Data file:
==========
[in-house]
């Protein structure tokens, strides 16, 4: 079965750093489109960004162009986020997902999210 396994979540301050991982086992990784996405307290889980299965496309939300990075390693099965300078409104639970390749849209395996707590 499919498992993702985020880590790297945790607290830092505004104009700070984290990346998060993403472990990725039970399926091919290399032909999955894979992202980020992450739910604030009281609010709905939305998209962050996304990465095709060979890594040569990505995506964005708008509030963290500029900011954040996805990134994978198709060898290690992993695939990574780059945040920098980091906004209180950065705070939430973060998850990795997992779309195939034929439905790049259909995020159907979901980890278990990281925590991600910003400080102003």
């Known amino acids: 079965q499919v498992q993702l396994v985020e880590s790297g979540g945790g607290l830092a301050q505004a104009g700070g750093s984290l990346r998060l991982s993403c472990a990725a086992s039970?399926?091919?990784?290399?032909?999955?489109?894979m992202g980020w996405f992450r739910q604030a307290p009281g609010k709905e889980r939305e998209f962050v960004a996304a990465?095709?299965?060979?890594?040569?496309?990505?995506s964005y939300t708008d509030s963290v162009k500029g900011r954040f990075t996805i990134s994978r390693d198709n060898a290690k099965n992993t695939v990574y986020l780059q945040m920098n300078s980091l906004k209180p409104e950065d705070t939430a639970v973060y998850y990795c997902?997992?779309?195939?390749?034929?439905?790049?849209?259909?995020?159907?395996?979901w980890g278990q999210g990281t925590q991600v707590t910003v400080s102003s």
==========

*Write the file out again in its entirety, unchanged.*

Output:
[in-house]
């Protein structure tokens, strides 16, 4: 079965750093489109960004162009986020997902999210 396994979540301050991982086992990784996405307290889980299965496309939300990075390693099965300078409104639970390749849209395996707590 499919498992993702985020880590790297945790607290830092505004104009700070984290990346998060993403472990990725039970399926091919290399032909999955894979992202980020992450739910604030009281609010709905939305998209962050996304990465095709060979890594040569990505995506964005708008509030963290500029900011954040996805990134994978198709060898290690992993695939990574780059945040920098980091906004209180950065705070939430973060998850990795997992779309195939034929439905790049259909995020159907979901980890278990990281925590991600910003400080102003």
């Known amino acids: 079965q499919v498992q993702l396994v985020e880590s790297g979540g945790g607290l830092a301050q505004a104009g700070g750093s984290l990346r998060l991982s993403c472990a990725a086992s039970?399926?091919?990784?290399?032909?999955?489109?894979m992202g980020w996405f992450r739910q604030a307290p009281g609010k709905e889980r939305e998209f962050v960004a996304a990465?095709?299965?060979?890594?040569?496309?990505?995506s964005y939300t708008d509030s963290v162009k500029g900011r954040f990075t996805i990134s994978r390693d198709n060898a290690k099965n992993t695939v990574y986020l780059q945040m920098n300078s980091l906004k209180p409104e950065d705070t939430a639970v973060y998850y990795c997902?997992?779309?195939?390749?034929?439905?790049?849209?259909?995020?159907?395996?979901w980890g278990q999210g990281t925590q991600v707590t910003v400080s102003s």